# Logistic Regression using Excel Solver

Suppose there is a problem where a business analyst works for an energy company and they want to find out the customer probability that a given set of customers will churn and move over to other energy providers. Where 1 = yes (they will churn) and 0 = no (they will not churn).

Using the 2 models below, I need to be able to predict the probability of the churn:

So far this is what I have managed to do along with the formulas implemented for each, but I am not sure how/if anything needs to be amended in order to see which model works best as a solution to the problem.

In my example b0, b1 and b2 have been named as x1, x2, and x3 where b0 = x3 (the intercept). I have set this as 0.001 to start off with but the solver will optimise these values accordingly.

Step 1 - Calculating the Logit:

Step 2 - Calculating the exp of the Logit:

Step 3 - Calculating the probability:

With this one I have used 2 formulas to satisfy what I understood to be this part of the models. Where churn = 1 the formula used is exp(logit)/1+exp(logit) but where the churn = 0 I have used the formula 1/1+exp(logit). Is this the right approach? As I was unable to find anything directly related to the equations already shared above

Step 4 - Calculating the log likelihood:

Is this only supposed to be used for equation 2 or for both equations? Because in my example equation 2 is the only one where I see the use of log.

The last step is the objective function which I have currently calculated as a sum of the log likelihood column, although again according to the equations I should use, only the second one seems to be a sum where as the first one is a multiplication?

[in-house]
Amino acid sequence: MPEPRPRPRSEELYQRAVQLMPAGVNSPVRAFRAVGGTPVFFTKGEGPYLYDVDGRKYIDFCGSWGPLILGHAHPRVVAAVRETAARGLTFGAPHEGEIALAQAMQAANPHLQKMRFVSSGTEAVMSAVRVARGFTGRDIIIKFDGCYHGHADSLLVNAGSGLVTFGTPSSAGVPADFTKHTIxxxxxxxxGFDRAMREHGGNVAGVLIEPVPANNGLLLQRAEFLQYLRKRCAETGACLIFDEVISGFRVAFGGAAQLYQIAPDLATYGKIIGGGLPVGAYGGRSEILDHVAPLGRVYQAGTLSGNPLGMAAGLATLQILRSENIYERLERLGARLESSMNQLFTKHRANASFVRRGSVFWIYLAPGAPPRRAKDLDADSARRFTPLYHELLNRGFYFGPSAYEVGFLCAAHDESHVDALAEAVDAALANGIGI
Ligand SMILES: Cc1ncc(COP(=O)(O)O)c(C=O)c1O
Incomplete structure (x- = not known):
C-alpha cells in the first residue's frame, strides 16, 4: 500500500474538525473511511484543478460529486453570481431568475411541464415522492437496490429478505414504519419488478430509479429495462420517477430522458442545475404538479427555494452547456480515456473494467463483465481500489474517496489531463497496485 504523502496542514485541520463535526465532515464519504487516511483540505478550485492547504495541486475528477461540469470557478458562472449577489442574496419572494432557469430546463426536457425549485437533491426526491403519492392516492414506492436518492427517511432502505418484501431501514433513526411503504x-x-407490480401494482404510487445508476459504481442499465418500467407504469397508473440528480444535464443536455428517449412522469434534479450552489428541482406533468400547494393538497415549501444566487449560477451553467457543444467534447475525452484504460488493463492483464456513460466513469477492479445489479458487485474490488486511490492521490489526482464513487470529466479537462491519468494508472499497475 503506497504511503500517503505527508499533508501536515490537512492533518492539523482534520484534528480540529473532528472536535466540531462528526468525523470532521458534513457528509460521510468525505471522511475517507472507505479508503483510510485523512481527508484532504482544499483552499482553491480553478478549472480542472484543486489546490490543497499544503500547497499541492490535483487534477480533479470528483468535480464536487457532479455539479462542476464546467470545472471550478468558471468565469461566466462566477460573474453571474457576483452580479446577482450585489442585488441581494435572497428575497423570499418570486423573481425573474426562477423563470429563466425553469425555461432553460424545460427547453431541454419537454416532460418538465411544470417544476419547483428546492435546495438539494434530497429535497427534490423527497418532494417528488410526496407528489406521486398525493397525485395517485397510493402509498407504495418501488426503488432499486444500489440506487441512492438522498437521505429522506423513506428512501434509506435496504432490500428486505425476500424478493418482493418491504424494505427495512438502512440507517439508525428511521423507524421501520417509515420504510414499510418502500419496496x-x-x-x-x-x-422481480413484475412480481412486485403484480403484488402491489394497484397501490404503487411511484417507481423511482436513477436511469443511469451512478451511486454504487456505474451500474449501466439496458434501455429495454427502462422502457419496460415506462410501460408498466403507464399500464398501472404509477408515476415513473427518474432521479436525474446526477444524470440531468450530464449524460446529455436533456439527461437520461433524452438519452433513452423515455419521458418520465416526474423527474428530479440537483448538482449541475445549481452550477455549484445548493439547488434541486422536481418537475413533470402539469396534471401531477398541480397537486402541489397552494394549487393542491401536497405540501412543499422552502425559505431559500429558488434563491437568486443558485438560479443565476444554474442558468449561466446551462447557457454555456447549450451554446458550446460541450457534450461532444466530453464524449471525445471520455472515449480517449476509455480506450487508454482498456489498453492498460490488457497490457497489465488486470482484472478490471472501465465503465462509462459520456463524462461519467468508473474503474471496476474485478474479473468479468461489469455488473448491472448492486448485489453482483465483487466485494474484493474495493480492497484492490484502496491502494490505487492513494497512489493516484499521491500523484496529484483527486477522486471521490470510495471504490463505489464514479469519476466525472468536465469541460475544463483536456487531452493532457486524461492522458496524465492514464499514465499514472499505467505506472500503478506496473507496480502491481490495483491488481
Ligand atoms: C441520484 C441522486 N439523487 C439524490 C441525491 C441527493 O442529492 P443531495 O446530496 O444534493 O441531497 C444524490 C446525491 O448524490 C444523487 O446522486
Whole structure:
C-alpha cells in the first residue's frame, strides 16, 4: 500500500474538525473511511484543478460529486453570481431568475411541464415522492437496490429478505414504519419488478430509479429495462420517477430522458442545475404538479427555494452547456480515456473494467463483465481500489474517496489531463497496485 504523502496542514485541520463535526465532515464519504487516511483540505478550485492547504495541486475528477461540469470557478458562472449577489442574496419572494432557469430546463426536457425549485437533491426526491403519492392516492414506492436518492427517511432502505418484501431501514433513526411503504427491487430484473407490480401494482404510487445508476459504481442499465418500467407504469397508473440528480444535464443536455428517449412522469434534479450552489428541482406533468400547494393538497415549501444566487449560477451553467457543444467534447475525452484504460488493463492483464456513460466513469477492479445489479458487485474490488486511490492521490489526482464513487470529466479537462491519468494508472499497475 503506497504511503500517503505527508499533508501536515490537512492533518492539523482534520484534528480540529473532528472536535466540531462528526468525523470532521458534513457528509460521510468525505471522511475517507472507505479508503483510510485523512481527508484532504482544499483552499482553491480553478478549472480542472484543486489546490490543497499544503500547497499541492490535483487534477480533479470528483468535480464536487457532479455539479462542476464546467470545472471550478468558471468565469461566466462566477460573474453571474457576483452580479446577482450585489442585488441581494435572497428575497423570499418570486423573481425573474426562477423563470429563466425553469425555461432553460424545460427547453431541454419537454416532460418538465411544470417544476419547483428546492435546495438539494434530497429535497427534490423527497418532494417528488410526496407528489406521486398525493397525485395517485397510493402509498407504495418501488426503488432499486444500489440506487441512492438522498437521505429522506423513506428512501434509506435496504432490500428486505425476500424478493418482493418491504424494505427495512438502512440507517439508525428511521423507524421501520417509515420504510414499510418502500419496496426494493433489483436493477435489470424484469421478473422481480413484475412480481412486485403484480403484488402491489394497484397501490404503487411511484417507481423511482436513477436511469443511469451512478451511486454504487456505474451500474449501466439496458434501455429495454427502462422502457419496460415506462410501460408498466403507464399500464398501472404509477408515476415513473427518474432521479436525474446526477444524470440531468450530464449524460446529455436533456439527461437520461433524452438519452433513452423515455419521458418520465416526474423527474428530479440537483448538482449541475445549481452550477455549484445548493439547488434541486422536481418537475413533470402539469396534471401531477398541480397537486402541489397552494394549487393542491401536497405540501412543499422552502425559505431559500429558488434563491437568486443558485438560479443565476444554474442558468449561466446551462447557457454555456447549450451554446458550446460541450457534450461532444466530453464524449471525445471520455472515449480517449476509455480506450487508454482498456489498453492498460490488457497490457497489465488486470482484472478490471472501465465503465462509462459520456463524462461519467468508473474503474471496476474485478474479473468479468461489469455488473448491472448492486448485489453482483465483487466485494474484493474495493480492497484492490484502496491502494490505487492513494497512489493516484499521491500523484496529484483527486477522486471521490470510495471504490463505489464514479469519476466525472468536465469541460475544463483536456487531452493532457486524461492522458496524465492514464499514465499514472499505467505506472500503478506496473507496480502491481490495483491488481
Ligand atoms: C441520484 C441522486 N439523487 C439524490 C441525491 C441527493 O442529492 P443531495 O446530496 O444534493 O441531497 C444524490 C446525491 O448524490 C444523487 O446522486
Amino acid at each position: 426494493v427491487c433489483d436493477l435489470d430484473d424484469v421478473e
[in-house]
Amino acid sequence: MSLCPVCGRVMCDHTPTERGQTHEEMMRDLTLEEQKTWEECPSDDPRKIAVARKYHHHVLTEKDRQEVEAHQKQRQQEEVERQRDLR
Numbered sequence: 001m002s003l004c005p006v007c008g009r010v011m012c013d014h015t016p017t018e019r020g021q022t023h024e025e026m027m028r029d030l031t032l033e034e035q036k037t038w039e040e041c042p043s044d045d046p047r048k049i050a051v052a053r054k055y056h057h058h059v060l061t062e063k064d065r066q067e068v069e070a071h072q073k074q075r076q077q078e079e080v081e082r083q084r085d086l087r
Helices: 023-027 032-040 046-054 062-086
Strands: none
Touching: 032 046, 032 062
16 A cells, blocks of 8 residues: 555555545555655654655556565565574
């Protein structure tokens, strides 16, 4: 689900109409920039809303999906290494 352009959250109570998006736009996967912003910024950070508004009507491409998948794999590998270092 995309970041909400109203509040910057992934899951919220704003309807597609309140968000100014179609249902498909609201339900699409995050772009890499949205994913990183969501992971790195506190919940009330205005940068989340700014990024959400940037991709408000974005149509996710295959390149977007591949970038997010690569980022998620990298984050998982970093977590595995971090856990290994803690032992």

After this I then run the excel solver set it to maximise and make sure the relevant cells have been selected:

The end goal is to have 2 separate (but equivalent) models that I can then compare the output of. This all needs to be done using the standard excel solver and not any add-ins. I feel I am very close to a solution for both, but may be missing something rather simple.

The "two models" you are referring to are mathematically equivalent representations of the same model. Recall that $$\log(x y) = \log(x) + \log(y)$$. The second formula uses sum of logs because this is more numerically stable. Using log transformation doesn't change the relative ordering of the values, if $$x > y$$ then $$\log(x) > \log(y)$$, so the transformation wouldn't change the maximum of the function, it wouldn't matter for optimization. You just need to maximize the second formula, if there are any difference they would be only due to numerical precision issues.
• This answer is spot on. Because the logarithm is a monotonically increasing transformation, any combination of the coefficients that maximizes the log automatically maximizes the quantity of which it is a logarithm (and vice versa). You should not be using the multiplicative formulation, though, because you will inevitably overflow Excel's arithmetic once you have enough observations and, regardless, Solver will have difficulties finding the correct solution. Even if, for some reason, you prefer an Excel implementation, you must check it with credible software (R, Stata, etc.).